This movie lives and dies with the performance and believeability of Tippi Hedren; and sad to say, she fails with flying colors. Overacting of the worst degree takes the viewer from seeing someone who is supposed to be battling with demons of which she is unsure of their origin, to a girl forcing tears, forcing screams, and just overall forcing the performance. it takes away so much of what's going on that i found myself begging for the camera to get off her at times just to spare me the feeling of embarrassment that was growing from having to sit through her screen time. such an odd feeling knowing that this is the same woman who seemed to nail her performance with Hitch in The Birds years prior. ultimately, a film you could, and maybe even should, pass on.
Pacing, script, acting and the Bernard Herrmann score are all spot on. One of my top three Hitchcock films (Psycho and Vertigo being no2 and no1) this was heavily rejected by critics because of its psychological pretensions. However the psychology is quite well done with Tippi Hedren's role that of a disassociated woman very well crafted. Her personailty and cool character perfect for the part. Connery does well against type in a role coming very soon after his first Bond film.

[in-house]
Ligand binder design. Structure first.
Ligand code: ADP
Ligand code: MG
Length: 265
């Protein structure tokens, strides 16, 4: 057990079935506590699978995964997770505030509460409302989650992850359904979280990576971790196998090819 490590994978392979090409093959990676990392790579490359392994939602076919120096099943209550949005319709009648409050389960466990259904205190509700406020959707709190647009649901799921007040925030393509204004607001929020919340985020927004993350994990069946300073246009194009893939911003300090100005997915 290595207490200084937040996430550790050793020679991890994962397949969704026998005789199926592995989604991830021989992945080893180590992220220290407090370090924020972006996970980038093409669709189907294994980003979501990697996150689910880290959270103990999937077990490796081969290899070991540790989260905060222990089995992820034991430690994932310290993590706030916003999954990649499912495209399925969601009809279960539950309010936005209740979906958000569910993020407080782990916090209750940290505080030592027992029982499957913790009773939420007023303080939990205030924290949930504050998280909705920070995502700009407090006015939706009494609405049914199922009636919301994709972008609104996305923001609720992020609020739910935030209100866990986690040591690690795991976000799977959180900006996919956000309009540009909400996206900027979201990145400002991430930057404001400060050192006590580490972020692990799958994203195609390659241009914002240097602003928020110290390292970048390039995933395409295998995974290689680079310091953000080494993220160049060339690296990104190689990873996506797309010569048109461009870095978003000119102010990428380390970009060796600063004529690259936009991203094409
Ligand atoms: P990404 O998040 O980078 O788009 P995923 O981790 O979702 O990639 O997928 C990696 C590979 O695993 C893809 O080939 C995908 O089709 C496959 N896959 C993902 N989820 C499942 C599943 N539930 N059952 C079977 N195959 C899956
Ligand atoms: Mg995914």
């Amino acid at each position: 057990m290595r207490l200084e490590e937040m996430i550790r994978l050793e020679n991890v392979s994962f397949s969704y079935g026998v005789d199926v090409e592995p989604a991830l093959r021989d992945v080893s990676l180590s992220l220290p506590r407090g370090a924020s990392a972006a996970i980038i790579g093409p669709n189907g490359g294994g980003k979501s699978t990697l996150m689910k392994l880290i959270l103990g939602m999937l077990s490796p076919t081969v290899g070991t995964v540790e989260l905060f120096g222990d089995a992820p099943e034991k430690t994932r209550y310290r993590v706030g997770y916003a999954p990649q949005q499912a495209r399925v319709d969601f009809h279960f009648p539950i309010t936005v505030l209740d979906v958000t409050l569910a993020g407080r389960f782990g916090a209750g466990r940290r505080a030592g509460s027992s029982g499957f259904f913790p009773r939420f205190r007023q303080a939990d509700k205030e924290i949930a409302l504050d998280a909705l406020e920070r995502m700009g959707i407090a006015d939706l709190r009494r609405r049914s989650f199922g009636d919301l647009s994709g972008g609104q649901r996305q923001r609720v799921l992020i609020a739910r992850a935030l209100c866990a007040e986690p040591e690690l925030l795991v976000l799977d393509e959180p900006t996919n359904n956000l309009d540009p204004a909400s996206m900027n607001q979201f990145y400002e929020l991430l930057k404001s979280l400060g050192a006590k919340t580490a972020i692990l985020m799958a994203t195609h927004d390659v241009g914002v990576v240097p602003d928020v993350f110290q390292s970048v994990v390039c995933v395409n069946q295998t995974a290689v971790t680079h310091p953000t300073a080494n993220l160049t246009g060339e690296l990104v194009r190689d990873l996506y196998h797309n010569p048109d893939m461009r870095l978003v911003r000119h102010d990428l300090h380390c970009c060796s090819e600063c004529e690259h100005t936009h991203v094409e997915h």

Hitch goes more psychological here as a story of the effects of childhood sexual abuse slowly unravel. Some great set pieces and interesting use of rear projection in the horse riding scene. It all adds up wonderfully and Hitchcock bravely put this on the screen when it was taboo to do so. Tippy Hedren is Melanie Griffiths mother in non movie life.